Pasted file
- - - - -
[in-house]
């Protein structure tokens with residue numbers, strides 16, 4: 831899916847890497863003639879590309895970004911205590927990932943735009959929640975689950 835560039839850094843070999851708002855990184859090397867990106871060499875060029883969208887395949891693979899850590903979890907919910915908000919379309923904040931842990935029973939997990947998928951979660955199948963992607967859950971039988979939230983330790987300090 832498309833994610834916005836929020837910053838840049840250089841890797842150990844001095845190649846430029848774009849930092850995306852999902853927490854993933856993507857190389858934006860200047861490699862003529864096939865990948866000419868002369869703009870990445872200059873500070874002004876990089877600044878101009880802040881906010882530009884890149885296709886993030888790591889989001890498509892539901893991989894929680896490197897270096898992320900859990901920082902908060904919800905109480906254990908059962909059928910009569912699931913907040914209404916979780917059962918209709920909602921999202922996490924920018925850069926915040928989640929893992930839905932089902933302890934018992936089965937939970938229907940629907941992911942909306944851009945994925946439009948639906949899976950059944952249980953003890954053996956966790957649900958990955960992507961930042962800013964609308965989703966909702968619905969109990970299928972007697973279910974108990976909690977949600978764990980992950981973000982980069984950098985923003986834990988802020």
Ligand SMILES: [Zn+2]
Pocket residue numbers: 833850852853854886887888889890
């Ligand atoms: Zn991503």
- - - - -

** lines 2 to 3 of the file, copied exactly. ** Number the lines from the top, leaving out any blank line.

């Protein structure tokens with residue numbers, strides 16, 4: 831899916847890497863003639879590309895970004911205590927990932943735009959929640975689950 835560039839850094843070999851708002855990184859090397867990106871060499875060029883969208887395949891693979899850590903979890907919910915908000919379309923904040931842990935029973939997990947998928951979660955199948963992607967859950971039988979939230983330790987300090 832498309833994610834916005836929020837910053838840049840250089841890797842150990844001095845190649846430029848774009849930092850995306852999902853927490854993933856993507857190389858934006860200047861490699862003529864096939865990948866000419868002369869703009870990445872200059873500070874002004876990089877600044878101009880802040881906010882530009884890149885296709886993030888790591889989001890498509892539901893991989894929680896490197897270096898992320900859990901920082902908060904919800905109480906254990908059962909059928910009569912699931913907040914209404916979780917059962918209709920909602921999202922996490924920018925850069926915040928989640929893992930839905932089902933302890934018992936089965937939970938229907940629907941992911942909306944851009945994925946439009948639906949899976950059944952249980953003890954053996956966790957649900958990955960992507961930042962800013964609308965989703966909702968619905969109990970299928972007697973279910974108990976909690977949600978764990980992950981973000982980069984950098985923003986834990988802020």
Ligand SMILES: [Zn+2]